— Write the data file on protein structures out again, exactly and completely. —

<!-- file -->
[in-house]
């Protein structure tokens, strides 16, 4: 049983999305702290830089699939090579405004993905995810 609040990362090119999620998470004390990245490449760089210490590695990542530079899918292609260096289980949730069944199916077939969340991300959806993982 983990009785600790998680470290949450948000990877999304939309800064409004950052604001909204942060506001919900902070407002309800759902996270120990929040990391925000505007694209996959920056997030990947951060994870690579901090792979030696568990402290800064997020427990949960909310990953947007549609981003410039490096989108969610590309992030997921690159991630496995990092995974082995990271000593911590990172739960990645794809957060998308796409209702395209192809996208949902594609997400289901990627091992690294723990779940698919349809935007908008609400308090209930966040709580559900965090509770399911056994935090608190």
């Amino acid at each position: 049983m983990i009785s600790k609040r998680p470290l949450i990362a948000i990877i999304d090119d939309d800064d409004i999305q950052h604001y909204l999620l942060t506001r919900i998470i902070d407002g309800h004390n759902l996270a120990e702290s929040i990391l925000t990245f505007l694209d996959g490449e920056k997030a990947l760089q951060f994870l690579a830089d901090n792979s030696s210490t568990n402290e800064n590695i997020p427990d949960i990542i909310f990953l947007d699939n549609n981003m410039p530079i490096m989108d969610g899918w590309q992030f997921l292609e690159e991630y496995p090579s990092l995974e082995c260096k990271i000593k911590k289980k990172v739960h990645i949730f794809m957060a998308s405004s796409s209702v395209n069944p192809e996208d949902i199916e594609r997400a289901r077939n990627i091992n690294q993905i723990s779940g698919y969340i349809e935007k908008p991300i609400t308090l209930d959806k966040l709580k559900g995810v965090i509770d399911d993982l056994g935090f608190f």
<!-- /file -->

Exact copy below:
[in-house]
């Protein structure tokens, strides 16, 4: 049983999305702290830089699939090579405004993905995810 609040990362090119999620998470004390990245490449760089210490590695990542530079899918292609260096289980949730069944199916077939969340991300959806993982 983990009785600790998680470290949450948000990877999304939309800064409004950052604001909204942060506001919900902070407002309800759902996270120990929040990391925000505007694209996959920056997030990947951060994870690579901090792979030696568990402290800064997020427990949960909310990953947007549609981003410039490096989108969610590309992030997921690159991630496995990092995974082995990271000593911590990172739960990645794809957060998308796409209702395209192809996208949902594609997400289901990627091992690294723990779940698919349809935007908008609400308090209930966040709580559900965090509770399911056994935090608190």
């Amino acid at each position: 049983m983990i009785s600790k609040r998680p470290l949450i990362a948000i990877i999304d090119d939309d800064d409004i999305q950052h604001y909204l999620l942060t506001r919900i998470i902070d407002g309800h004390n759902l996270a120990e702290s929040i990391l925000t990245f505007l694209d996959g490449e920056k997030a990947l760089q951060f994870l690579a830089d901090n792979s030696s210490t568990n402290e800064n590695i997020p427990d949960i990542i909310f990953l947007d699939n549609n981003m410039p530079i490096m989108d969610g899918w590309q992030f997921l292609e690159e991630y496995p090579s990092l995974e082995c260096k990271i000593k911590k289980k990172v739960h990645i949730f794809m957060a998308s405004s796409s209702v395209n069944p192809e996208d949902i199916e594609r997400a289901r077939n990627i091992n690294q993905i723990s779940g698919y969340i349809e935007k908008p991300i609400t308090l209930d959806k966040l709580k559900g995810v965090i509770d399911d993982l056994g935090f608190f």